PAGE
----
Sunbeamtech Silent Storm Case Review
By Gabriel Torres on April 9, 2008
Silent Storm is an inexpensive mid-tower case from Sunbeamtech – it costs only USD 50 at Newegg.com – coming with three 120 mm fans, a transparent side window and screwless installation mechanisms for daughterboards and disk drives. Let’s take an in-depth look at this product.
This case has five 5.25” bays, two external 3.5” bays for floppy disk drives and three internal 3.5” bays for hard disk drives. The front panel is protected by a plastic front door. The quality of this door isn’t the best and we wouldn’t expect a better quality on a USD 50 product.
In Figure 6, you can see the rear panel, using the very traditional ATX design, but with the addition of one big 120 mm fan there. This case uses two thumbscrews to hold the left side panel (the one that must be removed for installing parts inside the case).
As you know by now this case has an acrylic side window, which is somewhat small compared to the ones used on high-end cases that have this option. This side window has two venting meshes, one with a 120 mm fan attached, as you can see in Figure 7. All fans from this case glow blue when turned on and all of them feature a small 3-pin connector, allowing you to connect all fans directly to your motherboard and monitor their speed through your favorite monitoring software. If you don’t have enough fan connectors on your motherboard don’t worry, all fans come with an adapter to allow them to be connected to any standard peripheral power connector.
Even though you can remove the right panel (the panel behind the motherboard) the metallic plate where the motherboard is installed is permanently attached to the case, so you can’t remove it to facilitate the motherboard installation.
In Figure 8 you have an overall look inside Silent Storm.
There are two more 120 mm fans inside Silent Storm: one on the rear and another in the middle of the case. You can also install another 120 mm fan on the front of the case, right in front of the hard disk drive bays. If you want to have this fan you will need to buy it or remove the side fan or the middle fan and install one of them there.
What is interesting about the middle fan is that you can change its position or even remove it. As you can see in Figure 11, it is fastened to a column that has several holes, so if you’d like to change its height all you need to do is to unscrew it from its default place and install it on the place you’d like.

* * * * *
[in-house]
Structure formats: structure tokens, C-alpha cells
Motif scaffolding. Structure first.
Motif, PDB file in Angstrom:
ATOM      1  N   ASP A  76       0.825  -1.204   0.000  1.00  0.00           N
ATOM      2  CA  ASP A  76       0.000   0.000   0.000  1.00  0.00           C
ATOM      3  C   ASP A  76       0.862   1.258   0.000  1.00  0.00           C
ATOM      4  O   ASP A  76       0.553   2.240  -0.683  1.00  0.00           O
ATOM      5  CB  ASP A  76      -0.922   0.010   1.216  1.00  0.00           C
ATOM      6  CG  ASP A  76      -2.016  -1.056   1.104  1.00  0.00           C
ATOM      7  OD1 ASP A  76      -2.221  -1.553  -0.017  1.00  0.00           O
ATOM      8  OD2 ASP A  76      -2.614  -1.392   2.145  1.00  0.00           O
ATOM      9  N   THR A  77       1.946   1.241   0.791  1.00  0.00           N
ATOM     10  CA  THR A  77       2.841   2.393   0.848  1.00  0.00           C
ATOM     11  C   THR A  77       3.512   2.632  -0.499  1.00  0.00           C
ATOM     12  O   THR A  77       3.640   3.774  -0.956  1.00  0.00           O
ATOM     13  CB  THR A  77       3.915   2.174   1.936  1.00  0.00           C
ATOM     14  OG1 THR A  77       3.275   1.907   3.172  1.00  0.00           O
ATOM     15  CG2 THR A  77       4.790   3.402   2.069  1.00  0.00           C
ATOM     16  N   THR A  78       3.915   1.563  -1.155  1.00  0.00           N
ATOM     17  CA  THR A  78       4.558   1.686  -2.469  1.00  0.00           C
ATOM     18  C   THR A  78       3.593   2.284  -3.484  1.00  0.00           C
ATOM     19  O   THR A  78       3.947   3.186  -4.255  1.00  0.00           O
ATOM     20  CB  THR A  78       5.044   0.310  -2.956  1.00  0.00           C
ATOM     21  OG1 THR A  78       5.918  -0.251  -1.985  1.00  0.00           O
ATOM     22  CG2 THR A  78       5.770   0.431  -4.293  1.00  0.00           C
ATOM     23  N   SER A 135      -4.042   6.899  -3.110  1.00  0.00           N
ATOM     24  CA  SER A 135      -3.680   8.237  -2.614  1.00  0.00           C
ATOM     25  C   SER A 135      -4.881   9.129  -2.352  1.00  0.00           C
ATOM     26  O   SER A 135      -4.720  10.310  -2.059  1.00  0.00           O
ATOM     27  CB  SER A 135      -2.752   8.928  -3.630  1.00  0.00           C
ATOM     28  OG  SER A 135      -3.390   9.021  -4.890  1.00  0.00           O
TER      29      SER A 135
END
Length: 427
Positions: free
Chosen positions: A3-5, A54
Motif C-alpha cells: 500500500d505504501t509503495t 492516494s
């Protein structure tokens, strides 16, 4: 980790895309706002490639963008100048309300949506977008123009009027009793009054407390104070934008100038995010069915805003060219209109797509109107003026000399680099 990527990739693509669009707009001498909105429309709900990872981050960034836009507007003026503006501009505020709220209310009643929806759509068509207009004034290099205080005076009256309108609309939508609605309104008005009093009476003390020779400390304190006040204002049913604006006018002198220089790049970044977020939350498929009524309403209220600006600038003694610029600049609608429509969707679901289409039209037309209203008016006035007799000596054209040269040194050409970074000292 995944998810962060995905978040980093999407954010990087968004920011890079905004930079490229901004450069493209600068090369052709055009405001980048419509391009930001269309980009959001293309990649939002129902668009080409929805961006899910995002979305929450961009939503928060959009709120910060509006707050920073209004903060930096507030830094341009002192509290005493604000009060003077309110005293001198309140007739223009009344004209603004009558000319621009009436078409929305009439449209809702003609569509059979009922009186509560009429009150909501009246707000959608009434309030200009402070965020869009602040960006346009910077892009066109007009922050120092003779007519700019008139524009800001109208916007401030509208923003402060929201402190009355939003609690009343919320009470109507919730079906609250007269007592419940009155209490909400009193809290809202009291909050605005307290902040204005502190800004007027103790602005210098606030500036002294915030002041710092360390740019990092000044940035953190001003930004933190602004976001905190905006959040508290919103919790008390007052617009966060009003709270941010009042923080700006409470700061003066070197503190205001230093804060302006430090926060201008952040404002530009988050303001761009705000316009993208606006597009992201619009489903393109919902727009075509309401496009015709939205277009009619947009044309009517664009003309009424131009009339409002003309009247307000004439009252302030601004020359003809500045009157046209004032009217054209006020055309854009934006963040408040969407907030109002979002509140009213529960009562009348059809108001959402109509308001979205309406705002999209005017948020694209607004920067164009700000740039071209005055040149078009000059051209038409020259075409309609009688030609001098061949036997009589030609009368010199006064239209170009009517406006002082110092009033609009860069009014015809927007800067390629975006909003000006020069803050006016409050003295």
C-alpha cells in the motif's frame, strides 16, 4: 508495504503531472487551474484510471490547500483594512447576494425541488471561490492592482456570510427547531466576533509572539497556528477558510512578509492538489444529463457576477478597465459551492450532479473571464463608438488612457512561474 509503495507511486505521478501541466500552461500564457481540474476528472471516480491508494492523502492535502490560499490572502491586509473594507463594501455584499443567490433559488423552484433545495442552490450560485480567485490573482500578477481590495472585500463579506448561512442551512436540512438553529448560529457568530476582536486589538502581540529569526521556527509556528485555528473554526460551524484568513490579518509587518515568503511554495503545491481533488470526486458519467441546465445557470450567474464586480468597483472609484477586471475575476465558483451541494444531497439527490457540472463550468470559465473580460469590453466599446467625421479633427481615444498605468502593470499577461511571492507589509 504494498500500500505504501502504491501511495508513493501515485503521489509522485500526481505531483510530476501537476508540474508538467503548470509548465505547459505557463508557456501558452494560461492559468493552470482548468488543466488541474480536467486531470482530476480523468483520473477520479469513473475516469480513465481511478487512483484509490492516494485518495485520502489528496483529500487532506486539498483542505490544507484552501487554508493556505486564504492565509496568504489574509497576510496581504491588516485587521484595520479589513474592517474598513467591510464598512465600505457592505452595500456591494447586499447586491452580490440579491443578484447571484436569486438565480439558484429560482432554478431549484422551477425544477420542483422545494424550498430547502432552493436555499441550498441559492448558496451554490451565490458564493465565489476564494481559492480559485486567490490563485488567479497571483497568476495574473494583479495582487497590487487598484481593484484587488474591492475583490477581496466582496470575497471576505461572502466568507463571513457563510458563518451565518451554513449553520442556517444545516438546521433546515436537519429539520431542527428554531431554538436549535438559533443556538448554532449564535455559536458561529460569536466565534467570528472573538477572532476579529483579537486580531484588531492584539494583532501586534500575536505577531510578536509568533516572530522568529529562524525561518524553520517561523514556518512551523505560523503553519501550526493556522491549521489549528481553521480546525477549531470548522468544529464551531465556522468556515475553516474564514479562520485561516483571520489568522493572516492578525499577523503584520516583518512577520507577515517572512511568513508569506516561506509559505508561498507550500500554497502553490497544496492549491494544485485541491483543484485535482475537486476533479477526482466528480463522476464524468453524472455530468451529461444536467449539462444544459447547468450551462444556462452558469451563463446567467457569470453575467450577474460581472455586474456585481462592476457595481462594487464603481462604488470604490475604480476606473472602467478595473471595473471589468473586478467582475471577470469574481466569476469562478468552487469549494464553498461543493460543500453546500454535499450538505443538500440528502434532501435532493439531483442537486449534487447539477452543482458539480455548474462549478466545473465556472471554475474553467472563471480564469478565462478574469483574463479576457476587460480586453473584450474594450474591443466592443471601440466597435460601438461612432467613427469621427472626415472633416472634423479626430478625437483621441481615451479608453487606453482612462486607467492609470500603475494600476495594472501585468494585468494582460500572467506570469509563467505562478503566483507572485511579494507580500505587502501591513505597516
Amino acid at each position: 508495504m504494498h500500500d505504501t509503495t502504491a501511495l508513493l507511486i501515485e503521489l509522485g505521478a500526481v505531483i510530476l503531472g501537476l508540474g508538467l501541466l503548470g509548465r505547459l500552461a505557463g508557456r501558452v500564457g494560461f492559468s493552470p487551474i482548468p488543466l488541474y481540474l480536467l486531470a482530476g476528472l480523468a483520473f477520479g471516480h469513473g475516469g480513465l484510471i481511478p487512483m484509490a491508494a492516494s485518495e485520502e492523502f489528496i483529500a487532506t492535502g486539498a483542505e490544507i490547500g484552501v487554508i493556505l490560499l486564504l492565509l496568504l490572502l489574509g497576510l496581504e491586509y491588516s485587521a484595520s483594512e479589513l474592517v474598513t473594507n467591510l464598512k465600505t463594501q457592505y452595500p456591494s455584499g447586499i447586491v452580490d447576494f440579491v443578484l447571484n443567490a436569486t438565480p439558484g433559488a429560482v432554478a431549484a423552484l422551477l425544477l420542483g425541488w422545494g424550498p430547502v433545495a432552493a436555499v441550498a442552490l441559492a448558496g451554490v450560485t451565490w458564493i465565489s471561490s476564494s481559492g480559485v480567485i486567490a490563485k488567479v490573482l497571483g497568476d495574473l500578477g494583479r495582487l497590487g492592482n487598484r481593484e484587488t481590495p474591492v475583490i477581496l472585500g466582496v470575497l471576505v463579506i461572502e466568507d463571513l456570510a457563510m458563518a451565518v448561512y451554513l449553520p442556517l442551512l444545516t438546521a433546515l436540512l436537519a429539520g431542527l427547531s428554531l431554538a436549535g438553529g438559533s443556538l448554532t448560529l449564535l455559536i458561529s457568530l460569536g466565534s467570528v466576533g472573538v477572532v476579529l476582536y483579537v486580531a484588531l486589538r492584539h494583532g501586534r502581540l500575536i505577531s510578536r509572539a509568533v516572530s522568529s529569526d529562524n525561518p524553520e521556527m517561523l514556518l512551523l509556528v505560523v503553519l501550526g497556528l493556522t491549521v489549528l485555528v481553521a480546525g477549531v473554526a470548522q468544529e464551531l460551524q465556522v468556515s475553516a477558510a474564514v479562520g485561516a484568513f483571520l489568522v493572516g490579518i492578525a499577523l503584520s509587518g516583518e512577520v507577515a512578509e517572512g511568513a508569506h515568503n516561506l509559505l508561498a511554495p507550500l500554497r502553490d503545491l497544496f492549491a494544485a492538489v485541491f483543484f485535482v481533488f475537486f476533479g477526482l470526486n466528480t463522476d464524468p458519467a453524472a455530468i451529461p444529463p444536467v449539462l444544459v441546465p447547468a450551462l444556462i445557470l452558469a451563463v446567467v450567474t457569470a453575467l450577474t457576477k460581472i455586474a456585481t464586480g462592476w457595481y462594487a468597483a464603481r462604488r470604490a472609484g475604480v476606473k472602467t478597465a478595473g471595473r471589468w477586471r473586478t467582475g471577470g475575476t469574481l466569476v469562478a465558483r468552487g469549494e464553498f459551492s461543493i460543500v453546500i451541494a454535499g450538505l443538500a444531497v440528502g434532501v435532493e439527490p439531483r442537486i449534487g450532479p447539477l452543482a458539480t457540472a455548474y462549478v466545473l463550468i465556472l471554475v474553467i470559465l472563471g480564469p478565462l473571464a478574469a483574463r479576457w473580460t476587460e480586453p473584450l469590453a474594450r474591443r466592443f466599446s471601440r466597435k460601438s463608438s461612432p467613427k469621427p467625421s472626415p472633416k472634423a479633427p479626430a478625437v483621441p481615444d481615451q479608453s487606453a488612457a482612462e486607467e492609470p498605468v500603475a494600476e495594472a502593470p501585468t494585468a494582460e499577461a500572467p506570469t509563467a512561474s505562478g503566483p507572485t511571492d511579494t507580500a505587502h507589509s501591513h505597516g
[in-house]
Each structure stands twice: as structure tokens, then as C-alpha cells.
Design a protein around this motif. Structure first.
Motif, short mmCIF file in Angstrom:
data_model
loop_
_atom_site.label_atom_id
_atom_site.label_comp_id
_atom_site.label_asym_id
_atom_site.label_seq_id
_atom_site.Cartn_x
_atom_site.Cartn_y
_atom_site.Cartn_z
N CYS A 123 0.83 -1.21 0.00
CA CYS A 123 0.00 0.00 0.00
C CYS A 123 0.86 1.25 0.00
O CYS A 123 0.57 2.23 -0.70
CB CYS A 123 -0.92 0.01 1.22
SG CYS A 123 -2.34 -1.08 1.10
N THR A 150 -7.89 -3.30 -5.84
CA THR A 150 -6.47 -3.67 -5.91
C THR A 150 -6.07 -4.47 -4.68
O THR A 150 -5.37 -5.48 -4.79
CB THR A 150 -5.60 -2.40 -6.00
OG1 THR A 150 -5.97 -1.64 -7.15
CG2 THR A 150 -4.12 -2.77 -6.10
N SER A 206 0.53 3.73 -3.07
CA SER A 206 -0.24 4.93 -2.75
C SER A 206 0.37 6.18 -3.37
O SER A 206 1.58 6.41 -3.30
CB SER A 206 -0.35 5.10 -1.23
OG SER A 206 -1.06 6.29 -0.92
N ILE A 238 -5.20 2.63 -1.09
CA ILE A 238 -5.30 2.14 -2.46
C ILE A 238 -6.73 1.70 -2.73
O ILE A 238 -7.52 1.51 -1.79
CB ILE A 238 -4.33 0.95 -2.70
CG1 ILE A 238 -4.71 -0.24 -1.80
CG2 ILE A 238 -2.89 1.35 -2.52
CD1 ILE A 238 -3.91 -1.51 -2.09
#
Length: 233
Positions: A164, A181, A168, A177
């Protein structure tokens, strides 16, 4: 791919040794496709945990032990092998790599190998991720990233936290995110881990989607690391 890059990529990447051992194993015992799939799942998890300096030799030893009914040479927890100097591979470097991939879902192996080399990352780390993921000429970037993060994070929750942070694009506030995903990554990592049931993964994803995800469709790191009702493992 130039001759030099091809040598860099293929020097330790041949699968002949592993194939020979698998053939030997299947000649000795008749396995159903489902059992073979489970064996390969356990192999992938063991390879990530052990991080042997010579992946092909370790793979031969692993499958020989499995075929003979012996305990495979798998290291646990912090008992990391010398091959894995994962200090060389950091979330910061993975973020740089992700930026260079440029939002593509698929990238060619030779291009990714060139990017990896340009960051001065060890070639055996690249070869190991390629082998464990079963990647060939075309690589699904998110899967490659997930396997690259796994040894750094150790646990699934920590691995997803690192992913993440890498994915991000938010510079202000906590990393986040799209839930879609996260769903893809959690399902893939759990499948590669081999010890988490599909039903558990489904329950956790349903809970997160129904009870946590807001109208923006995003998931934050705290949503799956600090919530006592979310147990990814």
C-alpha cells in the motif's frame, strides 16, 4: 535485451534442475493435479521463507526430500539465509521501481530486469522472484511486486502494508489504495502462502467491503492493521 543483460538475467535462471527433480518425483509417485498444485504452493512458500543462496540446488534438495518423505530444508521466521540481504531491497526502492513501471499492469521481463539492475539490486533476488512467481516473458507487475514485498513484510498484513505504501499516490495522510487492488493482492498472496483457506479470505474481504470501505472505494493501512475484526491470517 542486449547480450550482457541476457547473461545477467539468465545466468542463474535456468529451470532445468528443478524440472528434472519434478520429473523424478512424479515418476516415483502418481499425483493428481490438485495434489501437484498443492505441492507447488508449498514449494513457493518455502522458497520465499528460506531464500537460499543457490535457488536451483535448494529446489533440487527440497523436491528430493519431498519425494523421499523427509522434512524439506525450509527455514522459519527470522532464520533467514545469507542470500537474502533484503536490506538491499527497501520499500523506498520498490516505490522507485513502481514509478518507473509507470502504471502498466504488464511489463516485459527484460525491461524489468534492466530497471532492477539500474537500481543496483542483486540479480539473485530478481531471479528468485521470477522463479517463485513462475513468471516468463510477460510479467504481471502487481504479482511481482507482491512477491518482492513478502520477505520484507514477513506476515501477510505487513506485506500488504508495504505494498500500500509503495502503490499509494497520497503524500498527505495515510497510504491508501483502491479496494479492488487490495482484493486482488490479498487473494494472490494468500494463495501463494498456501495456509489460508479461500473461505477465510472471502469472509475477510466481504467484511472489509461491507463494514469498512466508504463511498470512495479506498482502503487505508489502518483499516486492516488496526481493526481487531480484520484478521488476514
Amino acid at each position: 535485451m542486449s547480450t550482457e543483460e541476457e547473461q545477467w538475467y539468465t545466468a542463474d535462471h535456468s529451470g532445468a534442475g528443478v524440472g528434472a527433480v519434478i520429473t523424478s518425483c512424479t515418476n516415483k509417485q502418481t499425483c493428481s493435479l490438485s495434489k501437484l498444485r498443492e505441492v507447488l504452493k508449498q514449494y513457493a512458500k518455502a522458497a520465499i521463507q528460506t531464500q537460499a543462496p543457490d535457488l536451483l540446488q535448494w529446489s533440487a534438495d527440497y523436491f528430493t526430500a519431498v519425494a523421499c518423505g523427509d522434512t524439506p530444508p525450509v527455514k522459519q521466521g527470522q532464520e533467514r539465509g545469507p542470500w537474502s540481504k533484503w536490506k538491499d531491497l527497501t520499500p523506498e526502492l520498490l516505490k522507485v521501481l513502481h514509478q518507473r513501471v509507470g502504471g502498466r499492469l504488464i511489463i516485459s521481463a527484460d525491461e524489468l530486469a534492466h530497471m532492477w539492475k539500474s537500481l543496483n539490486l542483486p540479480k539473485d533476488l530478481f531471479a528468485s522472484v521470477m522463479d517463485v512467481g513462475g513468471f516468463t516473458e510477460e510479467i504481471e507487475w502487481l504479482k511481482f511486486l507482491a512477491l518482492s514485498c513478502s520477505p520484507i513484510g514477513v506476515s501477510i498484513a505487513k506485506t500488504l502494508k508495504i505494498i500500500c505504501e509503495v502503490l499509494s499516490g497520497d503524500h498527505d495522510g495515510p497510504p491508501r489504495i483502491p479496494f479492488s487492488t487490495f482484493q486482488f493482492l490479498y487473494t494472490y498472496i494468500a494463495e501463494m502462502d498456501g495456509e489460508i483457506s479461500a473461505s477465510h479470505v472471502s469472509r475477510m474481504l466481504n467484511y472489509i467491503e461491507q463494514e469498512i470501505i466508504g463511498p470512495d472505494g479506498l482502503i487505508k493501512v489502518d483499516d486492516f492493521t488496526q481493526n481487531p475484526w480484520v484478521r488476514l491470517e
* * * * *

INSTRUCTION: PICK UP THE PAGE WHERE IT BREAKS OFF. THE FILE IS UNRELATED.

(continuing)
In Figure 12, you can see the place between the front panel and the hard disk drive bays where you can install a front 120 mm fan.
This case uses screwless mechanisms for holding daughterboards to the case, as you can see in Figure 13.
This case has five external 5.25” bays, two external 3.5” bays for floppy disk drives and three internal 3.5” bays for hard disk drives, all of them using 100% screwless mechanisms to hold the drives (on some cases, like Thermaltake M9, you still need to use screws on their “screwless” mechanism). Unfortunately the floppy disk drive bays cannot be used by hard disk drives (we tried, they don’t fit), so you can only have up to three hard disk drives with this case, being its greatest disadvantage. Even though the number of bays is sufficient for average users, we think the manufacturer should have added a fourth hard disk drive bay sacrificing one of the 5.25” bays – who needs five 5.25” bays anyway?
As you could see in Figure 13 in the previous page, the hard disk drive cage containing the three HDD bays are 90° rotated in relation to the other bays.
Installing the hard disk drives is very easy. The case comes with six rulers and each hard disk drive should use two of them, one at each side of the drive, as you can see on the pictures below.
The installation of optical and floppy disk drives is even easier, as you don’t need to install any kind of ruler to the drives. Just remove the front cover from the bay that you want to use, break the metallic cover that may exist behind it, slide the drive in and then lock the screwless mechanism, see Figures 18 and 19.
We were impressed by this mechanism, as the drive will be really tight in place.
Sunbeamtech Silent Storm case main specs include:
Sunbeamtech Silent Storm case provides a terrific cost/benefit ratio: it is inexpensive and provides great features for the average user looking for a mid-tower case and is worried about cooling.
The highlights of this product are its three 120 mm fans with a middle fan that you can change its position and its 100% screwless mechanisms for holding daughterboards and disk drives. We have recently reviewed a case from Thermaltake (M9) where the mechanism for disk drives wasn’t 100% screwless, as you still needed to use screws to fasten the hard disk drives to the case. This doesn’t happen with this product.
On the down side we think the front door could look better (it uses a cheap plastic) and the manufacturer could have provided four hard disk drive bays instead of three, sacrificing one of the 5.25” bays – which are in excess anyway –, even though the number of hard disk drive bays is adequate for the average user. We could also criticize the lack of an eSATA port, but for a product on this price range this isn’t really an issue.
But these deficiencies are easily forgotten when we think about Silent Storm’s price tag. Costing only USD 50 at Newegg.com this is definitely a great pick. Just to put things into perspective, Thermaltake M9 costs USD 80 at this same store. Even though this case from Thermaltake uses plastic parts with better quality, it doesn’t justify paying USD 30 more for a case that has the same basic limitations from this Sunbeamtech model, comes with one less 120 mm fan and uses a mechanism for holding disk drives that isn’t really screwless.